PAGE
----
It seems that ECT is an effective treatment for several mental illnesses during pregnancy, and the risk of foetus and mother are low.[7] However, there were 20 maternal complications reported, and 18 were likely related to ECT such as vaginal bleeding was reported more often during the first trimester, whereas uterine contraction and preterm labour and caesarean section occurred during the second and third trimester, miscarriage, status epilepticus, haematuria, abdominal pain and placental abruption. Foetal adverse events also reported 25 cases, which include foetal death, transient foetal bradycardia and decelerations, clubfoot prematurity, congenital blindness, aorta coarctation, cortical infarct, VATER syndrome and mental retardation.[8]

Volatile anaesthetics such as sevoflurane can also be used in ECT. However, its time-consuming induction, depression of seizure duration and the requirement of an anaesthesia machine make this technique impractical, except for women requiring ECT in the late stages of pregnancy, when it may reduce the post-ECT uterine contractions.[4] The use of tocolytic treatment after ECT to avoid preterm labour was noted by several as well as prophylactic tocolytic medication before the ECT. Uterine contraction usually can be controlled by ritodrine or magnesium sulphate.[8] Foetal bradyarrhythmias can be avoided by adequate pre-oxygenation and proper position of the mother to minimize aortocaval compression by elevating the right hip and displacing the uterus.[8] Another anaesthetic consideration in ECT for pregnancy is on regurgitation of gastric acid resulting from an upwards displacement of the stomach and intestines by the enlarged uterus.[6],[9] The simple method to prevent aspiration is to apply constant manual pressure to cricoids cartilage (Sellick's manoeuvre). Patients in their third trimester should be considered for endotracheal intubation with ECT.[10] Tocodynamometry during ECT can be helpful for monitoring uterine activity and early detection of uterine contraction.[11] Our patient was kept nil oral for ≥8 h, and Sellick's manoeuvre was applied during ECT.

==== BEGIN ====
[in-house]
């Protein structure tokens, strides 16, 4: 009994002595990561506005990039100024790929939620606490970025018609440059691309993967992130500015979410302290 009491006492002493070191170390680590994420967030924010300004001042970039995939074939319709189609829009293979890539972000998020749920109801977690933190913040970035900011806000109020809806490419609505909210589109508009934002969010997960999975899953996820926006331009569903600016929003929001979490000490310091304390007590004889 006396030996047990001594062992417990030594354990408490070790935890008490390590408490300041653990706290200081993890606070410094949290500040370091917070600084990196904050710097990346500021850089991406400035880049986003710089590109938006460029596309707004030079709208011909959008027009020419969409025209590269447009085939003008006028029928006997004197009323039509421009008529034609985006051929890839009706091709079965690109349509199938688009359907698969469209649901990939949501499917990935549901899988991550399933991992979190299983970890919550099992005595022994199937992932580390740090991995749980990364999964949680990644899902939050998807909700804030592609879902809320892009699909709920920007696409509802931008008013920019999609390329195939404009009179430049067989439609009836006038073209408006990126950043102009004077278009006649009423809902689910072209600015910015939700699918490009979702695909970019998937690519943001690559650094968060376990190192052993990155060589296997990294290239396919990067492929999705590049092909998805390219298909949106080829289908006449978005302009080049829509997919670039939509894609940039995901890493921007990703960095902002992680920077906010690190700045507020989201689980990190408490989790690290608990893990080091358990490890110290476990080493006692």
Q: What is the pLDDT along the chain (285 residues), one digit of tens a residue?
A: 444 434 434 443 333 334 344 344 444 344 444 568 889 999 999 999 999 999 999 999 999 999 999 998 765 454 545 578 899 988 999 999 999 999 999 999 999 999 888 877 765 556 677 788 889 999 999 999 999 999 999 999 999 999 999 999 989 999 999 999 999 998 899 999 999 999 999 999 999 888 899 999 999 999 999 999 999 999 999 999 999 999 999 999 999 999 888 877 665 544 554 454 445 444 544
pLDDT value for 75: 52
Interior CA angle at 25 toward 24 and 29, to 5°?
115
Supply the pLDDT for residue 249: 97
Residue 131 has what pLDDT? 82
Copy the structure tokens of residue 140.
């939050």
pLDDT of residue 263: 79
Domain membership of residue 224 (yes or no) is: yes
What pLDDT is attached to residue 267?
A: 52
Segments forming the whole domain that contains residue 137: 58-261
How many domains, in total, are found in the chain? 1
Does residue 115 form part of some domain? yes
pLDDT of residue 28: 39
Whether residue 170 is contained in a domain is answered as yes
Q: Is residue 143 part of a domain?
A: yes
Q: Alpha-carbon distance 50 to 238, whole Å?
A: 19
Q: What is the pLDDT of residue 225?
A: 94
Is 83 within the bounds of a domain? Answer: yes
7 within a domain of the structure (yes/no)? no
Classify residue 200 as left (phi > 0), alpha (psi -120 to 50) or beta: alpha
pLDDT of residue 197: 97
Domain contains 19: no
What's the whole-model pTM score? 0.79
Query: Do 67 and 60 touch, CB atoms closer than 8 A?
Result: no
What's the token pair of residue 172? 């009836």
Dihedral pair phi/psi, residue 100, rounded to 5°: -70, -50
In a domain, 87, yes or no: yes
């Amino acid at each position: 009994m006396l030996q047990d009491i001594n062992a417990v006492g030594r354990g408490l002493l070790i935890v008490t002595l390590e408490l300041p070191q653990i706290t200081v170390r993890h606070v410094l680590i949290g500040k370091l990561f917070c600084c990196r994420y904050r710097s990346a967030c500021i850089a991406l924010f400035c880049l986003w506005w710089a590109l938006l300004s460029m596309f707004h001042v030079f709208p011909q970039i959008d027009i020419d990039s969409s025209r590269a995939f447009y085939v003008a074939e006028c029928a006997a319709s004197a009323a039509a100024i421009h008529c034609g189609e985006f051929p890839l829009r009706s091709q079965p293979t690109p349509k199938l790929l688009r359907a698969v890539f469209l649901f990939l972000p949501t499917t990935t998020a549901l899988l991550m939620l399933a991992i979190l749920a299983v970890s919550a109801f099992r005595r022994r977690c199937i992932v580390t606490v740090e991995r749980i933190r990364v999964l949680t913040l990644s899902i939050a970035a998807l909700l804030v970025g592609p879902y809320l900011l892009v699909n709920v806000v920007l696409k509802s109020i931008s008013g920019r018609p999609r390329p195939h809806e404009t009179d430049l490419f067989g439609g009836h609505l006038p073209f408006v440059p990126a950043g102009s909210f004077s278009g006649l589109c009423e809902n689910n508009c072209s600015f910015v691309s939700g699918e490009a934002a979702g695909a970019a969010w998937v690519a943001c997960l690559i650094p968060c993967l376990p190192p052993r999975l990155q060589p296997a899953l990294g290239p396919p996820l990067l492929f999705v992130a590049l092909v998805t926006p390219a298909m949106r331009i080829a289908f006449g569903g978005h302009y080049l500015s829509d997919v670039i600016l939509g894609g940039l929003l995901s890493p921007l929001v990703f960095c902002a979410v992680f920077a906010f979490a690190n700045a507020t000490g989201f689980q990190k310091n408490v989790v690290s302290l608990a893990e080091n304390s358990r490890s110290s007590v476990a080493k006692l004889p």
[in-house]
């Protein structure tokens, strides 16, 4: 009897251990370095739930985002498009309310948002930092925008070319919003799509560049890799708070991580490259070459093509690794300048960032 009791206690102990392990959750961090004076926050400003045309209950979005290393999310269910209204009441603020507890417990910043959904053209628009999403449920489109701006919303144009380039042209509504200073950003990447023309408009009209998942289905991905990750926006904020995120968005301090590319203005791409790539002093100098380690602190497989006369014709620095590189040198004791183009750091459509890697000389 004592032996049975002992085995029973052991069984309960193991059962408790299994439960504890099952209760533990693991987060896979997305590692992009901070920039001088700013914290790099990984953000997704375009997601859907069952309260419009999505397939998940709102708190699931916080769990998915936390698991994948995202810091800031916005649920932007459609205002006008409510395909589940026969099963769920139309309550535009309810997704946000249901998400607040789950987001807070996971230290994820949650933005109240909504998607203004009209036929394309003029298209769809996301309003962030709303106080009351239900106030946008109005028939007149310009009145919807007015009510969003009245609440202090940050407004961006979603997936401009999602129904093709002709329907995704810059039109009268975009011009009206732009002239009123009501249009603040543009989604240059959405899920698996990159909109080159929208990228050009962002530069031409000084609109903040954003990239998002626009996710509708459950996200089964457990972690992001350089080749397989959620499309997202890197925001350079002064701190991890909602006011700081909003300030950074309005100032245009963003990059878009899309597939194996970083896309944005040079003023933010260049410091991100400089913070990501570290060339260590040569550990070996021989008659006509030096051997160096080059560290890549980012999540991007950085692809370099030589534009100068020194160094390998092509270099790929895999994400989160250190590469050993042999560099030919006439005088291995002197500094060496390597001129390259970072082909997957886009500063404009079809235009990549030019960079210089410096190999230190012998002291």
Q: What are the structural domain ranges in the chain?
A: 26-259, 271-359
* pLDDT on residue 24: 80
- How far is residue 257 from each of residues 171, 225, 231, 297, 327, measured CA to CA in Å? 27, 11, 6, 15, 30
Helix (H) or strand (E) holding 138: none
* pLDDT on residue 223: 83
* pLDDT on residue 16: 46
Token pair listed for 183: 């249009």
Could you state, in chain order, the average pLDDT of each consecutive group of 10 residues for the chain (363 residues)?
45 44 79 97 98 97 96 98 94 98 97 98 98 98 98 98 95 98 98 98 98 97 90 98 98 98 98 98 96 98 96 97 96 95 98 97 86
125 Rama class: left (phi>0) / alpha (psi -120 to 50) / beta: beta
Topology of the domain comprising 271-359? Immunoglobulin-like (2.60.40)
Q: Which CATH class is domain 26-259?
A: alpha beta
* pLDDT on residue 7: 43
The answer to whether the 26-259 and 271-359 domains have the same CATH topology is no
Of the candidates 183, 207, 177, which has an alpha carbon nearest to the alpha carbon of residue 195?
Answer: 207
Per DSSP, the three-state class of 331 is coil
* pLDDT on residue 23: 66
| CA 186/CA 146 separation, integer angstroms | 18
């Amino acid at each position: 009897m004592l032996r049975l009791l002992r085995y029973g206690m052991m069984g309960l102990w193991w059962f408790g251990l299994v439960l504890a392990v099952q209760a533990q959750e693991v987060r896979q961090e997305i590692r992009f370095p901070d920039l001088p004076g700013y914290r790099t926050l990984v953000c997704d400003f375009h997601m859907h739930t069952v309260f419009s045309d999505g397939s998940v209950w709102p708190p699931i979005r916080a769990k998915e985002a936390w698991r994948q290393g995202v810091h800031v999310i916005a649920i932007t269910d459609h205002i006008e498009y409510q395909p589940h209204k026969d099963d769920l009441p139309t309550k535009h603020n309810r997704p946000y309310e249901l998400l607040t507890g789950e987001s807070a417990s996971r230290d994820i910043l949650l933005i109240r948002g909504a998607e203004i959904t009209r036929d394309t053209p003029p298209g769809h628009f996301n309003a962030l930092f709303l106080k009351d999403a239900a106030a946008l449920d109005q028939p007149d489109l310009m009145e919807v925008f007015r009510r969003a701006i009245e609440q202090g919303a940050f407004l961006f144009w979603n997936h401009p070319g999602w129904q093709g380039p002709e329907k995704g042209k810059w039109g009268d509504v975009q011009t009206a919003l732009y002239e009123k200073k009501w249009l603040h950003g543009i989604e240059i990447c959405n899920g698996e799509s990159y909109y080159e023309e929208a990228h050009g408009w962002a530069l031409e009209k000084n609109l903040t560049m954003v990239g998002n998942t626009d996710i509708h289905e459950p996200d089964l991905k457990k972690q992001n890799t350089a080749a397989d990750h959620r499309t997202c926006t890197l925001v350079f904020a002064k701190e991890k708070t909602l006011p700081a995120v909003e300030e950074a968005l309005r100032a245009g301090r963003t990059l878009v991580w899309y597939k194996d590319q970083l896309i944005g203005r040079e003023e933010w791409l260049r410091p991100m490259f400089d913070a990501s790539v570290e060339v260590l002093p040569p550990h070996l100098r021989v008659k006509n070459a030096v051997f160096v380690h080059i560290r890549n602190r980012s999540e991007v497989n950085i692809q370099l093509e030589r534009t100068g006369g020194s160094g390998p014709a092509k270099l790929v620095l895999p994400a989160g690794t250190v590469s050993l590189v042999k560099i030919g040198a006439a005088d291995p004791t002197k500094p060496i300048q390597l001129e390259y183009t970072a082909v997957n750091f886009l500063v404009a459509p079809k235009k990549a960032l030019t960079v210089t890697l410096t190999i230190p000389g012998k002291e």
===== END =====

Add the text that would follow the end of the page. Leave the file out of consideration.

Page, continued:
ECT under general anaesthesia is a reasonably safe and effective treatment alternative for the management of many psychiatric disorders in pregnant patients. Establishment of the multidisciplinary approach is fundamental for the safety of pregnant women undergoing ECT.

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Conflicts of interest

There are no conflicts of interest.

  References Top

Baghai TC, Möller HJ. Electroconvulsive therapy and its different indications. Dialogues Clin Neurosci 2008;10:105-17.  Back to cited text no. 1
Miller LJ. Use of electroconvulsive therapy during pregnancy. Hosp Community Psychiatry 1994;45:444-50.  Back to cited text no. 2
Lukasiewicz M, Gerard S, Besnard A, Falissard B, Perrin E, Sapin H, et al. Young Mania Rating Scale: How to interpret the numbers? Determination of a severity threshold and of the minimal clinically significant difference in the EMBLEM cohort. Int J Methods Psychiatr Res 2013;22:46-58.  Back to cited text no. 3
Ding Z, White PF. Anesthesia for electroconvulsive therapy. Anesth Analg. 2002;94:1351-64.  Back to cited text no. 4
Mayo C, Kaye AD, Conrad E, Baluch A, Frost E. Update on anesthesia considerations for electroconvulsive therapy. Middle East J Anaesthesiol 2010;20:493-8.  Back to cited text no. 5
Walker R, Swartz CM. Electroconvulsive therapy during high-risk pregnancy. Gen Hosp Psychiatry 1994;16:348-53.  Back to cited text no. 6
Benabarre A, Bernardo M, Arrufat F, Salvà J. Management and treatment of severe mental disorders in pregnancy. Actas Esp Psiquiatr 2000;28:45-58.  Back to cited text no. 7
Anderson EL, Reti IM. ECT in pregnancy: A review of the literature from 1941 to 2007. Psychosom Med 2009;71:235-42.  Back to cited text no. 8
Saito S. Anesthesia management for electroconvulsive therapy: Hemodynamic and respiratory management. J Anesth 2005;19:142-9.  Back to cited text no. 9
10 Yang HS, Seo HJ, Lee YK. Anesthetic care for electroconvulsive therapy during pregnancy – A case report. Korean J Anesthesiol 2011;60:217-20.  Back to cited text no. 10
Kasar M, Saatcioglu O, Kutlar T. Electroconvulsive therapy use in pregnancy. J ECT 2007;23:183-4.  Back to cited text no. 11